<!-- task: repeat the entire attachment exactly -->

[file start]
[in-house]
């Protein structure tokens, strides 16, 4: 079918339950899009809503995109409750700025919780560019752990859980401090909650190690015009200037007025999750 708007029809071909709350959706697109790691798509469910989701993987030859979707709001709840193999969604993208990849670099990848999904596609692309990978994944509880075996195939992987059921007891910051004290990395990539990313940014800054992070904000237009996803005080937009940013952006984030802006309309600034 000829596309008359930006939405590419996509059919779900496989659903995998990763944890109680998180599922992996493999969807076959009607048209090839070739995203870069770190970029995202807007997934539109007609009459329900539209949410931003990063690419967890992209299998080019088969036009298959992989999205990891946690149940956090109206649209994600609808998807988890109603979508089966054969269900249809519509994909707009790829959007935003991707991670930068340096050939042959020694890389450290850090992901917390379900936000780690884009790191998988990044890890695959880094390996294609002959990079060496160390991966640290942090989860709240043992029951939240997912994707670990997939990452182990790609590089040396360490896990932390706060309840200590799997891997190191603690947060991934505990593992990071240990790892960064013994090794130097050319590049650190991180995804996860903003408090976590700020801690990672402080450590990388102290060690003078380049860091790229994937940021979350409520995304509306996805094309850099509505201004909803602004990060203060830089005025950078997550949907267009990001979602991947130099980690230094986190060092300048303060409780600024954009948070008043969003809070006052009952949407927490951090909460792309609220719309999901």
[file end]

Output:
[in-house]
């Protein structure tokens, strides 16, 4: 079918339950899009809503995109409750700025919780560019752990859980401090909650190690015009200037007025999750 708007029809071909709350959706697109790691798509469910989701993987030859979707709001709840193999969604993208990849670099990848999904596609692309990978994944509880075996195939992987059921007891910051004290990395990539990313940014800054992070904000237009996803005080937009940013952006984030802006309309600034 000829596309008359930006939405590419996509059919779900496989659903995998990763944890109680998180599922992996493999969807076959009607048209090839070739995203870069770190970029995202807007997934539109007609009459329900539209949410931003990063690419967890992209299998080019088969036009298959992989999205990891946690149940956090109206649209994600609808998807988890109603979508089966054969269900249809519509994909707009790829959007935003991707991670930068340096050939042959020694890389450290850090992901917390379900936000780690884009790191998988990044890890695959880094390996294609002959990079060496160390991966640290942090989860709240043992029951939240997912994707670990997939990452182990790609590089040396360490896990932390706060309840200590799997891997190191603690947060991934505990593992990071240990790892960064013994090794130097050319590049650190991180995804996860903003408090976590700020801690990672402080450590990388102290060690003078380049860091790229994937940021979350409520995304509306996805094309850099509505201004909803602004990060203060830089005025950078997550949907267009990001979602991947130099980690230094986190060092300048303060409780600024954009948070008043969003809070006052009952949407927490951090909460792309609220719309999901």